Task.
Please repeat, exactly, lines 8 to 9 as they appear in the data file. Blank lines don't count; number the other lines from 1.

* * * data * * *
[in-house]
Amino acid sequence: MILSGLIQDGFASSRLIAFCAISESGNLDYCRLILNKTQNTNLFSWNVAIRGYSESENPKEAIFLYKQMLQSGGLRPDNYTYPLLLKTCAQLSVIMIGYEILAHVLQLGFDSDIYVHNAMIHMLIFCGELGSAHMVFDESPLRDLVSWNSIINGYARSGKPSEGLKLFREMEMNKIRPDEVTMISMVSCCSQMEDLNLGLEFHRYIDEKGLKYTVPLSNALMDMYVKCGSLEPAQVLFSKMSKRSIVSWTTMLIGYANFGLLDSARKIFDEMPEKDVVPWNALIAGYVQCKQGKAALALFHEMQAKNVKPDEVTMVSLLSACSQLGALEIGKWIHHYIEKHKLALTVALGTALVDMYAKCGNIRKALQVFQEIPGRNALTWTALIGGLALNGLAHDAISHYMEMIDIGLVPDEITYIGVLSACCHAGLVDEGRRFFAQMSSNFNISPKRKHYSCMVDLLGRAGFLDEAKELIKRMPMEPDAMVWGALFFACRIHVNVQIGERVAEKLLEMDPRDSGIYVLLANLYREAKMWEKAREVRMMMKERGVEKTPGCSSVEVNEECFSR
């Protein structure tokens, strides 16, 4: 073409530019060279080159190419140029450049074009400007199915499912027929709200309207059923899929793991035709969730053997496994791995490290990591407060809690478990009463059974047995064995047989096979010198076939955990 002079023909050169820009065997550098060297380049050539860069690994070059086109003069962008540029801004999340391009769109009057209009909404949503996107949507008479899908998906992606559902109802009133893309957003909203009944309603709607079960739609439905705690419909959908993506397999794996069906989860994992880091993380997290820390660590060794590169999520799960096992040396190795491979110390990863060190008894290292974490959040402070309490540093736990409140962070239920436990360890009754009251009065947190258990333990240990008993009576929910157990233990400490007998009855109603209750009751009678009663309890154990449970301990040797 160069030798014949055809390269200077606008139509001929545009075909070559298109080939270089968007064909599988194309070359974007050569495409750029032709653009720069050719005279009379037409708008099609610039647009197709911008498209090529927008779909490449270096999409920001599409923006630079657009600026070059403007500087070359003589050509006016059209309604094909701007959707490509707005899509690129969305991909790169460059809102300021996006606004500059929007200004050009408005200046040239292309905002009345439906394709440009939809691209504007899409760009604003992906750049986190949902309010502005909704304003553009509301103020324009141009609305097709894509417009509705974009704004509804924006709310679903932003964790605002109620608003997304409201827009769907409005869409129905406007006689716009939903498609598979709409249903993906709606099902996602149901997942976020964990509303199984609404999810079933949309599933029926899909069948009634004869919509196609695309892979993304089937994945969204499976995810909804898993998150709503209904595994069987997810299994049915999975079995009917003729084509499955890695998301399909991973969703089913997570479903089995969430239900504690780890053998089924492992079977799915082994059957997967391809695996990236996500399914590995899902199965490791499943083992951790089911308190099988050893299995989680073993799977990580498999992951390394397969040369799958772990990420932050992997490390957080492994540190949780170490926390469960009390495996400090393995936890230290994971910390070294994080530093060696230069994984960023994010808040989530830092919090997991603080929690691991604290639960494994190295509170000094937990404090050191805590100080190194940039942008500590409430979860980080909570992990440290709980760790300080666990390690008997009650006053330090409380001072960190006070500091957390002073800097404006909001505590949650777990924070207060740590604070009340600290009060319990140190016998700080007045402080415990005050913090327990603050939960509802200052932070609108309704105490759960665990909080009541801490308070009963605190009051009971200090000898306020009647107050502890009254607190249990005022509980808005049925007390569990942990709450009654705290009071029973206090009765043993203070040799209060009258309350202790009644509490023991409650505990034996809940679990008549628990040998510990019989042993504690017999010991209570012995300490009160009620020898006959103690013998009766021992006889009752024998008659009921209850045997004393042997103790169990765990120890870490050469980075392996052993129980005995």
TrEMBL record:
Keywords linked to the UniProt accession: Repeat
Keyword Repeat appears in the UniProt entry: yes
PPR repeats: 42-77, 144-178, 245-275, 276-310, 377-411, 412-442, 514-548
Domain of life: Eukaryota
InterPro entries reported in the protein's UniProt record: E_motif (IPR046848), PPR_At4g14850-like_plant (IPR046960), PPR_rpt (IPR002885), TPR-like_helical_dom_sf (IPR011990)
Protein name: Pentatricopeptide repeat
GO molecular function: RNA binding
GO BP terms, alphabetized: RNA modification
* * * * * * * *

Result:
Domain of life: Eukaryota
InterPro entries reported in the protein's UniProt record: E_motif (IPR046848), PPR_At4g14850-like_plant (IPR046960), PPR_rpt (IPR002885), TPR-like_helical_dom_sf (IPR011990)